This research engages with the age-old existential questions that have preoccupied philosophy from its beginning: How to live? How to die? In dialogue with, first and foremost, the work of Jacques Derrida, I attempt to describe the tension that arises when, becoming ill, these general questions become particular and come to matter personally. Parallel to this research, I was diagnosed with an incurable auto-immune disorder, which required me to prepare for death, or a lung transplant—which I received in 2017. How to continue practicing philosophical thought while ill, when the body is foregrounded by continuous practical concerns? Using a phenomenological approach and deviating from the norms and conventions of academic discourse, this research makes a hauntological intervention into philosophy, from its spectral margins; from my sick-bed. As such, it looks at what thinking as a practice and experience entails, and under what conditions it is made possible. With texts by Virginia Woolf, Mary Wollstonecraft Shelley, Edgar Allan Poe, Annie Ernaux, M. NourbeSe Philip, and others, it argues for the presence of literature and poetry in and as philosophical thinking—as an alternative method to engage in the questions of life (and death), always as lived experiences, rather than as object of knowledge.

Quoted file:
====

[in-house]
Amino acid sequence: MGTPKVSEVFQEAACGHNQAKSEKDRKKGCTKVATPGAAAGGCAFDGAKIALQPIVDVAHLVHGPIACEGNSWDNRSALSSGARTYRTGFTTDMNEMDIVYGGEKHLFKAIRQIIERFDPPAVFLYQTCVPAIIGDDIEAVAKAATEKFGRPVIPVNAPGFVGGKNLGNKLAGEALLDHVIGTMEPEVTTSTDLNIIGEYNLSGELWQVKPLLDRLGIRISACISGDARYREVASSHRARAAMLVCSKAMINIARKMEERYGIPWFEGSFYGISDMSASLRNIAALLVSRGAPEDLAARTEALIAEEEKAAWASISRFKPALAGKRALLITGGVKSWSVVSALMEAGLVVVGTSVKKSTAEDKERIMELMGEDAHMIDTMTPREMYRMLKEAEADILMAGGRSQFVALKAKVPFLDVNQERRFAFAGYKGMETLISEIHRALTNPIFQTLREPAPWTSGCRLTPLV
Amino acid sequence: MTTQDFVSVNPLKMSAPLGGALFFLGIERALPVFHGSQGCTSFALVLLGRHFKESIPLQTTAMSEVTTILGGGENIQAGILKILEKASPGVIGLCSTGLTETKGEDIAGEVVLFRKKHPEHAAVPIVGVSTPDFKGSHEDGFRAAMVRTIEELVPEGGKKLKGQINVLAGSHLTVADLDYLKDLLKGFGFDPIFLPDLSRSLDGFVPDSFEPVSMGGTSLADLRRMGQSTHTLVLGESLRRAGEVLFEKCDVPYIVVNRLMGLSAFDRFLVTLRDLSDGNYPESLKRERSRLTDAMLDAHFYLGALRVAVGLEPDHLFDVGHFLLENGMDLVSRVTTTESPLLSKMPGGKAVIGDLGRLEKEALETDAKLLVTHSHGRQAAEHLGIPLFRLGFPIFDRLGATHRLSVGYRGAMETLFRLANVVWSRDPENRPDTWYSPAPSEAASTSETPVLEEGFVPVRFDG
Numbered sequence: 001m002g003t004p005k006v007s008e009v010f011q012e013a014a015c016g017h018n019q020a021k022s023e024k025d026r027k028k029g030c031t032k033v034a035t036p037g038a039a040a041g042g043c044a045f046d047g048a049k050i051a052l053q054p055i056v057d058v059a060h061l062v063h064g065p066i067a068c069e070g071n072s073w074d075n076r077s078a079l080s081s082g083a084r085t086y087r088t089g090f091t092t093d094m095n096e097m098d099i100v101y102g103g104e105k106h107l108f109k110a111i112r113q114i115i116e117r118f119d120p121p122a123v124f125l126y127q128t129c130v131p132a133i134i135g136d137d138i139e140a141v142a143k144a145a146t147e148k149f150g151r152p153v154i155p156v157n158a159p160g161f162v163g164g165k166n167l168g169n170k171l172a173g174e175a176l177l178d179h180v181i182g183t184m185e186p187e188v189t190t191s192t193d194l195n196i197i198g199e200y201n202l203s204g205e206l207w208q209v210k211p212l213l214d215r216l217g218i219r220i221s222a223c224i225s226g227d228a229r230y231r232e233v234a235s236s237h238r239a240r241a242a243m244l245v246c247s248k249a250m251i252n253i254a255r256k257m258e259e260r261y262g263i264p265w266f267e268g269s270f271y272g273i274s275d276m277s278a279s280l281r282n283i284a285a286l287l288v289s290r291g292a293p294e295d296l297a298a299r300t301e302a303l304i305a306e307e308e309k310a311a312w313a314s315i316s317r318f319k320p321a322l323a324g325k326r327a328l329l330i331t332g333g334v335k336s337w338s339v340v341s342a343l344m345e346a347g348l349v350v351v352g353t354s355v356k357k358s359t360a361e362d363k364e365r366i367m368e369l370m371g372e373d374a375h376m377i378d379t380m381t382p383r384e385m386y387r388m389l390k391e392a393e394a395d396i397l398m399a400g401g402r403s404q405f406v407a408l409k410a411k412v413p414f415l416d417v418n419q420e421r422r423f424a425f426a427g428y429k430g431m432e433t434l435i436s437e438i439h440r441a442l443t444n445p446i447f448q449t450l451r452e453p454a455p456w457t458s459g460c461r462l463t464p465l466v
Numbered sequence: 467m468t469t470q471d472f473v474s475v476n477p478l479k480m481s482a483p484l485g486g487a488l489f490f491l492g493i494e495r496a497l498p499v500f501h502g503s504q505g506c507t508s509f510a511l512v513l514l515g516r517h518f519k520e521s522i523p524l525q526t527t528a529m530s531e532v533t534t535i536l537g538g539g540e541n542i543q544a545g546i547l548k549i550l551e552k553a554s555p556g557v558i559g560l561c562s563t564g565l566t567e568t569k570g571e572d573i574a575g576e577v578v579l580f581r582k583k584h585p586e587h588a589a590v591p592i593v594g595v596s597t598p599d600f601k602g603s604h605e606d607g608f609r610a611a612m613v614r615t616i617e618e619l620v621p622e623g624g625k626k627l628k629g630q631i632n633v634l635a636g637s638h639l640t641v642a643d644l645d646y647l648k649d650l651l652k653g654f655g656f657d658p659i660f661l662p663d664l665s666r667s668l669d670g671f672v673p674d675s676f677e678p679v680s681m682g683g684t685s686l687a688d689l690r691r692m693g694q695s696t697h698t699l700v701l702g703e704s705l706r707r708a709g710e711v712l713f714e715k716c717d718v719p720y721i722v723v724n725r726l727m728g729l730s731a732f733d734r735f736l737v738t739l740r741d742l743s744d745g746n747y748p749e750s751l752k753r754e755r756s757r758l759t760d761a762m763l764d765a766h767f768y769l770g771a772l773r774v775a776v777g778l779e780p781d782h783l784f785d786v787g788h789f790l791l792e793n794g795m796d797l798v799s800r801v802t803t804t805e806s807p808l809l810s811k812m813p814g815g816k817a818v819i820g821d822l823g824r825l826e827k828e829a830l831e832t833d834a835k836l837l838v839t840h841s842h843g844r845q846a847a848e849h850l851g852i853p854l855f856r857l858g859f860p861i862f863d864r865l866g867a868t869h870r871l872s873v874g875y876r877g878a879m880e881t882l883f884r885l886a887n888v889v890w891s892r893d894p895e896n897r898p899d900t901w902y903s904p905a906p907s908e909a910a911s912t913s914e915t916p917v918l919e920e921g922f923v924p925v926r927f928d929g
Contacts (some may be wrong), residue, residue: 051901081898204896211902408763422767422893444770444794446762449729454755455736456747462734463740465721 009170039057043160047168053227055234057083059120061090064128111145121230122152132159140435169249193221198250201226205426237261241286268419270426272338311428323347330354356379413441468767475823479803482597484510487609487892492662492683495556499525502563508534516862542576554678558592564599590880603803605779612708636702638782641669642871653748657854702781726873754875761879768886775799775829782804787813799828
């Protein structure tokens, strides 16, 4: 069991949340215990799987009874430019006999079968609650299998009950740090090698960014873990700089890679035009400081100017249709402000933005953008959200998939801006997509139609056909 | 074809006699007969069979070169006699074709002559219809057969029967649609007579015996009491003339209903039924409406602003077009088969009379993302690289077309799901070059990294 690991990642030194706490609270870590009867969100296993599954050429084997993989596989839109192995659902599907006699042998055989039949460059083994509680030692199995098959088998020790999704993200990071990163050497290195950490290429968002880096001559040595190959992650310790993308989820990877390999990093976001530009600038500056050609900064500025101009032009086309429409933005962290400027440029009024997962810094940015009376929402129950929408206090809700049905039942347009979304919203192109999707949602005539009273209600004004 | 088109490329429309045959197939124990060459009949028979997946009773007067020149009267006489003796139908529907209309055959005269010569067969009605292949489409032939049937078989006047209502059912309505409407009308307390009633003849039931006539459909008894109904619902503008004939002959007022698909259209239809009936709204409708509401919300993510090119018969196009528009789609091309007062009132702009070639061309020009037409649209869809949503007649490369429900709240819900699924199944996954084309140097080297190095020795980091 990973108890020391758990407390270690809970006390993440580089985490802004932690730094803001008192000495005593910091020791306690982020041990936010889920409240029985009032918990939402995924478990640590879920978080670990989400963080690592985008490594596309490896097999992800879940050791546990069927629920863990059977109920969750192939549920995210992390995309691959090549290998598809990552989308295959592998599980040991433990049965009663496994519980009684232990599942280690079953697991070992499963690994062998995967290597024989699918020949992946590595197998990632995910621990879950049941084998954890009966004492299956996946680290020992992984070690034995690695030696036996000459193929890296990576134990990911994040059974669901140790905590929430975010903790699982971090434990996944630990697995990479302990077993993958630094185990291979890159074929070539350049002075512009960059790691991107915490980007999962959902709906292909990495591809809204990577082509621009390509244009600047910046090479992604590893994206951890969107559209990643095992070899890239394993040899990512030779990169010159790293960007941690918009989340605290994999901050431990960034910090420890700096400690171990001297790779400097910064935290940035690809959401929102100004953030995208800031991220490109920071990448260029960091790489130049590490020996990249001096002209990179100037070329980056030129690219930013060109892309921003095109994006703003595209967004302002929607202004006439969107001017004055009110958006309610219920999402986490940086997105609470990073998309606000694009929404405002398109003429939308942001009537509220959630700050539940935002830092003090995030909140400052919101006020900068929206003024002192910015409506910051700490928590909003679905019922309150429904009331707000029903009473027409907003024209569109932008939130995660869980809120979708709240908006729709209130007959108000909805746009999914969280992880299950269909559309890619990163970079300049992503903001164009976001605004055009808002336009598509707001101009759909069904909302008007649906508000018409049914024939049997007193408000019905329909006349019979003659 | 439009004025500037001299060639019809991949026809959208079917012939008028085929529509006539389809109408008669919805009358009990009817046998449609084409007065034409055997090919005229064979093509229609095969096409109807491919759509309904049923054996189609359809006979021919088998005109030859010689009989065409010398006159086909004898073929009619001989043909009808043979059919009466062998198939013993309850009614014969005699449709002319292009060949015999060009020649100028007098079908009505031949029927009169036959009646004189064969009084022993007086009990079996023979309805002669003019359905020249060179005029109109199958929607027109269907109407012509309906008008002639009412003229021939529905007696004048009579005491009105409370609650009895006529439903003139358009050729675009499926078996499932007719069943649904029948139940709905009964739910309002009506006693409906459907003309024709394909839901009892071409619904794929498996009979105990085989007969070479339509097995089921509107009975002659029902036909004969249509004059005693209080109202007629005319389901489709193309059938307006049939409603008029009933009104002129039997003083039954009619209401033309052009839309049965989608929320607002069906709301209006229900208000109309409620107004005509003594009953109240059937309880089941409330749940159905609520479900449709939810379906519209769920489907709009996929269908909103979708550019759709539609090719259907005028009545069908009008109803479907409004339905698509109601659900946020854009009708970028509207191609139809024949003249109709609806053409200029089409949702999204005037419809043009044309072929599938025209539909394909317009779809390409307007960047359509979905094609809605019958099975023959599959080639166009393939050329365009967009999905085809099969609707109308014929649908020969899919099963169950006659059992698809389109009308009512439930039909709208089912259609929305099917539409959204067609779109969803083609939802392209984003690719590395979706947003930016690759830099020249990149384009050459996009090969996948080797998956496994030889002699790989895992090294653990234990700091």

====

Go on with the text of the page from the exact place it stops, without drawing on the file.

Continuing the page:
The dissertation concludes with On Wards, an experimental work of autobiographical fiction about the experience of having survived, thanks to organ donation.